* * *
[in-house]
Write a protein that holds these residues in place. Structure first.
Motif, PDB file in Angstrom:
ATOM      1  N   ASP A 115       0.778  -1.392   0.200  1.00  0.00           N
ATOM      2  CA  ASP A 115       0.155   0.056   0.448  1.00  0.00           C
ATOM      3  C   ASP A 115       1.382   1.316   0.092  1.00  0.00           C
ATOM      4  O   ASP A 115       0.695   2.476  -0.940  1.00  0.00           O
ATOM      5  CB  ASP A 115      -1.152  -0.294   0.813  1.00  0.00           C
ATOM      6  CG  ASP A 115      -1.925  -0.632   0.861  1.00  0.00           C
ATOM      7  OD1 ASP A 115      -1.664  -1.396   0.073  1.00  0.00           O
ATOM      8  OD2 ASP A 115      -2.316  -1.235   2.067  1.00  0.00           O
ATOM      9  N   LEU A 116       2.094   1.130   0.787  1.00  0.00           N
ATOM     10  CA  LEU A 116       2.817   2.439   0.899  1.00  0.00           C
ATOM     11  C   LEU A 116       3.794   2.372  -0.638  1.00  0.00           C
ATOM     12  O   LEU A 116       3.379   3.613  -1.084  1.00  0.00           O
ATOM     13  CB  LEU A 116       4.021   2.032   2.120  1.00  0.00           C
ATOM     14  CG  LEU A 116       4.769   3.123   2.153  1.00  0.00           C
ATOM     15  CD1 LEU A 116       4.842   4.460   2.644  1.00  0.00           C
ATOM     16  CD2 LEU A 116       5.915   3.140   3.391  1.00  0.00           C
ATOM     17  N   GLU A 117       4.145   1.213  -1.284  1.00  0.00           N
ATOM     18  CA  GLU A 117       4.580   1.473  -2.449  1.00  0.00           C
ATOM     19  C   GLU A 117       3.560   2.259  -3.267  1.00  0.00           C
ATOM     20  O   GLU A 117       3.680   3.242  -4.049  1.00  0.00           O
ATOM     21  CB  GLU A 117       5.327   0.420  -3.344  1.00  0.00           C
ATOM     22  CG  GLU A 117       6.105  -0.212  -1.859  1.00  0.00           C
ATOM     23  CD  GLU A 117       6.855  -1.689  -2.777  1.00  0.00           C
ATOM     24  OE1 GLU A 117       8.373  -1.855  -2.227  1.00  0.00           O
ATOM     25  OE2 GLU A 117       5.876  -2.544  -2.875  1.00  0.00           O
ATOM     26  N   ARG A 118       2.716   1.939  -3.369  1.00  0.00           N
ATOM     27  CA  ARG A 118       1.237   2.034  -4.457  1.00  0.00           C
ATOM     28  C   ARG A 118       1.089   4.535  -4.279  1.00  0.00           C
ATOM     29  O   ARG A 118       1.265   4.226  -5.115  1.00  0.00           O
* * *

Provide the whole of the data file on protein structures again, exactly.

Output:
[in-house]
Write a protein that holds these residues in place. Structure first.
Motif, PDB file in Angstrom:
ATOM      1  N   ASP A 115       0.778  -1.392   0.200  1.00  0.00           N
ATOM      2  CA  ASP A 115       0.155   0.056   0.448  1.00  0.00           C
ATOM      3  C   ASP A 115       1.382   1.316   0.092  1.00  0.00           C
ATOM      4  O   ASP A 115       0.695   2.476  -0.940  1.00  0.00           O
ATOM      5  CB  ASP A 115      -1.152  -0.294   0.813  1.00  0.00           C
ATOM      6  CG  ASP A 115      -1.925  -0.632   0.861  1.00  0.00           C
ATOM      7  OD1 ASP A 115      -1.664  -1.396   0.073  1.00  0.00           O
ATOM      8  OD2 ASP A 115      -2.316  -1.235   2.067  1.00  0.00           O
ATOM      9  N   LEU A 116       2.094   1.130   0.787  1.00  0.00           N
ATOM     10  CA  LEU A 116       2.817   2.439   0.899  1.00  0.00           C
ATOM     11  C   LEU A 116       3.794   2.372  -0.638  1.00  0.00           C
ATOM     12  O   LEU A 116       3.379   3.613  -1.084  1.00  0.00           O
ATOM     13  CB  LEU A 116       4.021   2.032   2.120  1.00  0.00           C
ATOM     14  CG  LEU A 116       4.769   3.123   2.153  1.00  0.00           C
ATOM     15  CD1 LEU A 116       4.842   4.460   2.644  1.00  0.00           C
ATOM     16  CD2 LEU A 116       5.915   3.140   3.391  1.00  0.00           C
ATOM     17  N   GLU A 117       4.145   1.213  -1.284  1.00  0.00           N
ATOM     18  CA  GLU A 117       4.580   1.473  -2.449  1.00  0.00           C
ATOM     19  C   GLU A 117       3.560   2.259  -3.267  1.00  0.00           C
ATOM     20  O   GLU A 117       3.680   3.242  -4.049  1.00  0.00           O
ATOM     21  CB  GLU A 117       5.327   0.420  -3.344  1.00  0.00           C
ATOM     22  CG  GLU A 117       6.105  -0.212  -1.859  1.00  0.00           C
ATOM     23  CD  GLU A 117       6.855  -1.689  -2.777  1.00  0.00           C
ATOM     24  OE1 GLU A 117       8.373  -1.855  -2.227  1.00  0.00           O
ATOM     25  OE2 GLU A 117       5.876  -2.544  -2.875  1.00  0.00           O
ATOM     26  N   ARG A 118       2.716   1.939  -3.369  1.00  0.00           N
ATOM     27  CA  ARG A 118       1.237   2.034  -4.457  1.00  0.00           C
ATOM     28  C   ARG A 118       1.089   4.535  -4.279  1.00  0.00           C
ATOM     29  O   ARG A 118       1.265   4.226  -5.115  1.00  0.00           O